Submitted by Mark St.Cyr via Mark St.Cyr blog,
Suddenly the world is a buzz with the revelations that High Frequency Trading (HFT) may be doing more than actually harming the markets, it might be destroying the illusion they still are markets.
This past Sunday the world at large was introduced that maybe, just maybe, something was amiss in the financial markets. However, anyone with more than a passing interest in business, finance, and a little common sense could feel in their gut that something just wasn’t copacetic.
Between the Federal Reserve's massive QE experiment amplified by the arms race of algorithmic technologies (aka HFT) to shave off a piece of that pie for themselves, the last few years have been nothing less than breathtaking.
Currently I am staggered as I watch or read many in the so-called “smart crowd” taking to the financial media outlets professing their ire at (wait for it….) Michael Lewis’ assertion that: “the markets are rigged.” This is where they have an issue? Really? I mean…Really?
Let’s put a few things into its proper perspective. HFT is currently a catch-all phrase or moniker. At one time when it was first introduced it could be (and was) argued it had a legitimate use in making markets more efficient. However that was some 10 years ago. Today’s HFT seems to have been on an evolution of exploitation and adulterated well past the point of resembling the good idea it once was hailed to be.
Efficient markets are when: real buyers, and real sellers meet, agree, and exchange with the least amount of friction to transact. Note the emphasis on real, it’s not there for style, real means an actual buyer or seller. Period. (Just so we’re clear and not falling down the black hole of what “is” is.)
This point is one of the underlying problems in the markets today. It’s not the only one HFT has adulterated, but it just might be the most important to this discussion. For what everyone seems to be missing as they defend HFT as the great market liquidity engine, that so-called “liquidity” more often than not is fake. So I ask: Is fake now acceptable in the financial markets? For if that’s true: Bernie Madoff might be looking for his get out of jail card.
We have laws on the books to protect the markets from people trading on inside information, fraud, and more. People get arrested and perp walked in front of the media as to make examples to show, “This can happen too you!” Yet, if machines are doing the same in an equivalent manner, that’s OK. For this is technology we’re talking here, and we all know without technology, the markets are nothing more than the pits. (pun intended)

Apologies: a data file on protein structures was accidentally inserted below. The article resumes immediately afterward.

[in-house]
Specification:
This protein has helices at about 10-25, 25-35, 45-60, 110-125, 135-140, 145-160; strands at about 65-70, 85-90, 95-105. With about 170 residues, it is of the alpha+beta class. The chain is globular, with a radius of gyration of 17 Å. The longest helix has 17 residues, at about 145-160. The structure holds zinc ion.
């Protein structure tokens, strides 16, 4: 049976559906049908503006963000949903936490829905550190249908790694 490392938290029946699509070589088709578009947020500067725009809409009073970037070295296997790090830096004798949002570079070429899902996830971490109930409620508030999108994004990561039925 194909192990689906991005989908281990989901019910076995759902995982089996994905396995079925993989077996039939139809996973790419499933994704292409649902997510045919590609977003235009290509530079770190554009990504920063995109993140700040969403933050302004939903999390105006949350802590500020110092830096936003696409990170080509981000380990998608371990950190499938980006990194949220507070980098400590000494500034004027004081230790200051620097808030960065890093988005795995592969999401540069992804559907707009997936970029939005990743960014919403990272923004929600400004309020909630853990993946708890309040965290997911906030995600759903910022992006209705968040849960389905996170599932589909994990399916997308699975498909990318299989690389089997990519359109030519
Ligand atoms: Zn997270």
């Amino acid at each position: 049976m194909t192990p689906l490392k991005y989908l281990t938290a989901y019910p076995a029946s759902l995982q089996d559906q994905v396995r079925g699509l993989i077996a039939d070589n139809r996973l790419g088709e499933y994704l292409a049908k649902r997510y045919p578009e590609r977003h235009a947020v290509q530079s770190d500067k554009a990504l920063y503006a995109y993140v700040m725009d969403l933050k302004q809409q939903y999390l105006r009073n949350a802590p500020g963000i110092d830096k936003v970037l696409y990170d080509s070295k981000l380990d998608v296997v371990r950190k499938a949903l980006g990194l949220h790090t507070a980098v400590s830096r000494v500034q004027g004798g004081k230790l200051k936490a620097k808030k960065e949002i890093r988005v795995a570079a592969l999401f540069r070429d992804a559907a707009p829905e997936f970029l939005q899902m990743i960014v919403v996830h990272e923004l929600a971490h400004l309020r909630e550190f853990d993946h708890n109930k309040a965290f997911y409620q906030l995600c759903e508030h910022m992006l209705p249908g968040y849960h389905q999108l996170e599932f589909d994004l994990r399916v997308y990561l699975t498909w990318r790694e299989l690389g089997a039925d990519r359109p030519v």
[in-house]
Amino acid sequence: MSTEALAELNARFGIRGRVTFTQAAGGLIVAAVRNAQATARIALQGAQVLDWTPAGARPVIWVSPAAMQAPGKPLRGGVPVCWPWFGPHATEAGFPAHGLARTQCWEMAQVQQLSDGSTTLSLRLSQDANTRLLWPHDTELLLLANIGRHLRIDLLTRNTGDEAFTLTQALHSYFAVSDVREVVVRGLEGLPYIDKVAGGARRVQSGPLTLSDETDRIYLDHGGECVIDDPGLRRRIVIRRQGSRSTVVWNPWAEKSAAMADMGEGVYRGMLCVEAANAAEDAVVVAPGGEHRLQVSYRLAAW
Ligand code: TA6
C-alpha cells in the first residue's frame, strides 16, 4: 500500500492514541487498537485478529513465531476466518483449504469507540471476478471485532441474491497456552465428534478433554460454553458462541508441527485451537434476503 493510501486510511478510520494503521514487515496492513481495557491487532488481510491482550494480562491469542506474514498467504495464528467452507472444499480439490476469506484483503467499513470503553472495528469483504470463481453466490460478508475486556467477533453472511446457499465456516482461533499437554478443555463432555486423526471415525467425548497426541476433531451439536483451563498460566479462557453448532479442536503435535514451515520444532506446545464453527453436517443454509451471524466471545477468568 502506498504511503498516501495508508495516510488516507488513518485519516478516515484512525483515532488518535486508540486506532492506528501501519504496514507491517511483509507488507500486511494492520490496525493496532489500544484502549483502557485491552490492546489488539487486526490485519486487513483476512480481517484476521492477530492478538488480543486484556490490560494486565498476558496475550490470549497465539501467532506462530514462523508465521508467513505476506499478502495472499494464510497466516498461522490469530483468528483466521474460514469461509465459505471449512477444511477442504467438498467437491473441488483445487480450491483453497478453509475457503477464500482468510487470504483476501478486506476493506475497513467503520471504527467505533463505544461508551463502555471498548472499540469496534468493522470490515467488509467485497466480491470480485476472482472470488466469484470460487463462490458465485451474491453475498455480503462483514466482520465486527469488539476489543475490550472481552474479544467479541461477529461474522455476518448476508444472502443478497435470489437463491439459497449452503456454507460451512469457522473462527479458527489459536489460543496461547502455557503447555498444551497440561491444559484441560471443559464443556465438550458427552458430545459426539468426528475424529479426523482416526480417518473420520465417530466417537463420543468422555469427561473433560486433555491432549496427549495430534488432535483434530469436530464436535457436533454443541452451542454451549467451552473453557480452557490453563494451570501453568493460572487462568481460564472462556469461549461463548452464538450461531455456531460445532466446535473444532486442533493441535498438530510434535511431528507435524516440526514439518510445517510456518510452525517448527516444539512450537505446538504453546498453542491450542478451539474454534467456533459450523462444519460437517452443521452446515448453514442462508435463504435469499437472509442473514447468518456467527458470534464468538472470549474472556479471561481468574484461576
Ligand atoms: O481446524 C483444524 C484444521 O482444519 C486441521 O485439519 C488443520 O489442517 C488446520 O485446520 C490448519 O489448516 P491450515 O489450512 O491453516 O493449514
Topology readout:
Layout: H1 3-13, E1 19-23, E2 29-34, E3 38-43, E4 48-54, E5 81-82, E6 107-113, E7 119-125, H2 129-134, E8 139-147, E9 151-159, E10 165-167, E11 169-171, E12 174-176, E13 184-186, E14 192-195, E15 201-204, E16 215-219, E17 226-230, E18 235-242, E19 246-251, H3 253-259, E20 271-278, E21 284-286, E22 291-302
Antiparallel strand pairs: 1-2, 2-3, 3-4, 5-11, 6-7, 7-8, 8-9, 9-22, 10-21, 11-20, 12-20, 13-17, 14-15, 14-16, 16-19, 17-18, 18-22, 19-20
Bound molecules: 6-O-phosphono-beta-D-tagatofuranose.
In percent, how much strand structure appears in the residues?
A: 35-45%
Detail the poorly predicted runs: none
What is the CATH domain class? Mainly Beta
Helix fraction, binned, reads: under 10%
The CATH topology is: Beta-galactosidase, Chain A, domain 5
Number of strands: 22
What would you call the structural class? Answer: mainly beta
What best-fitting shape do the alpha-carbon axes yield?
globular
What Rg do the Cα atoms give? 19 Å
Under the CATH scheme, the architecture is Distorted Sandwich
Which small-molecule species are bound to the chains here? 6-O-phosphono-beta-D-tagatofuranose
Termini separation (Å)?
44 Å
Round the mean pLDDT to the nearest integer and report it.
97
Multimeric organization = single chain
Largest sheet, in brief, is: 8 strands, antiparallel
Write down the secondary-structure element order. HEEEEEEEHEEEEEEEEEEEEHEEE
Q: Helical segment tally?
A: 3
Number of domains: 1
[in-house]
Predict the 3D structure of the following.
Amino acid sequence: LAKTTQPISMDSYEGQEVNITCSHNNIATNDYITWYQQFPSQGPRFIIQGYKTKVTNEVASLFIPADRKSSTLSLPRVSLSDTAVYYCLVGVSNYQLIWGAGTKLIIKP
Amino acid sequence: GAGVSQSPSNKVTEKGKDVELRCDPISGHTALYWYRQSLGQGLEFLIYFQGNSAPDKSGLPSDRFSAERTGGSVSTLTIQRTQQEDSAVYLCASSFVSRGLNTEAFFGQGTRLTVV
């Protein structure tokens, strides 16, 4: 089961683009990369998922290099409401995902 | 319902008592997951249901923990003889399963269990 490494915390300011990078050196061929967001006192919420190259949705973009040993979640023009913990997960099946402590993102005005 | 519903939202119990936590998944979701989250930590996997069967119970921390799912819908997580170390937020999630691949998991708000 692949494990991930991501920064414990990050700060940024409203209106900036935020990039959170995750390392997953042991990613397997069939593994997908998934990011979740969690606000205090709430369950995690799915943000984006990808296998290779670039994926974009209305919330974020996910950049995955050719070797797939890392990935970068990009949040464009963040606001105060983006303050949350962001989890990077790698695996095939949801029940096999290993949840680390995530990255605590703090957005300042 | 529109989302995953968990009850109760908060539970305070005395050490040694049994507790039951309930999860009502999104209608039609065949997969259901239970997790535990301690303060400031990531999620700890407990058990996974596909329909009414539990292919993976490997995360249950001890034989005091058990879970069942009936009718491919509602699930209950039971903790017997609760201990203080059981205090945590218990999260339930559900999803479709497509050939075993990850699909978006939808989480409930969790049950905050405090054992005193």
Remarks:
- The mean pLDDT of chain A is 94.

Sometimes complicated issues have to be reduced to their smallest form to get an indication on whether or not something is good, bad, or indifferent. And once one reduces this all down to just basic common sense, you don’t need a supercomputer spinning algorithms near the speed of light to come up with the obvious answer of – Duh!
When someone within the financial markets comes across information that is deemed “confidential” then uses that information as to front run said information and profit by it, we throw them in jail for insider trading.
If a machine can detect you placing an order then within nanoseconds execute buy and sell orders throughout the exchanges as to skim a piece or to push markets in a beneficial direction to enrich itself. That’s fine. Are you kidding me?
Since when is it “legal” to insert oneself into a transaction they had no business being involved in? That is not “facilitating” that’s fraudulent skimming, for that “inserted freeloader” was not needed to transact. That’s front running pure and simple. And like I said earlier we perp walk people for that. But an HFT? Nope, that’s now looked upon as “improving liquidity” by the so-called “smart crowd.” Simply jaw dropping in my view.
Add to this the insane notion that these HFT outlets are providing, “deep markets.” Again, I’ll ask, what are we talking about here? Real buyers? Or, the illusion of real buyers? For if anyone remembers, the “Flash Crash” showed everyone just how real and deep the markets were.
All those quotes of illusive bids and ask were anything but illusive: they were illusions. The term “quote stuffing” and its consequences were first highlighted there. Now, it’s as if it never happened or better yet, is defended in an “ancient history” type dismissal.
Ancient history or not, if someone were to set up shop selling land deals at bargain prices touting that the demand was high and pointed to the surrounding landscape pointing out the row upon row of newly constructed facades as proof, you might think or find comfort in the notion, “Well if I need to sell there’s a chance I might find a buyer.”
Then you walked over unbeknownst to find all those freshly constructed home facades were just that – facades resembling a Hollywood movie set. Then what would you think? I know what one should be thinking: “How do I contact the authorities? These people need to be put in jail!”
But if it’s a machine rendering a “virtual reality” showing demands of large bids or asks in any given instrument that’s OK, they’re providing a valuable service to the community showing what it could be like if there were real buyers and sellers I guess. Just don’t think of ever trying to sell or buy one of them, for they disappear faster than a snake-oil salesman can close up shop.
The only good thing that has come out lately on this whole issue of HFT is maybe for the first time in years the cover has been thrown off exposing the parasitic beast that’s been living just beneath the surface passing itself off as a symbiotic entity, rather than the pernicious monster its grown to be.
Now the only question left to ask is: Can they invoke the death penalty for this creature…
Without killing the patient?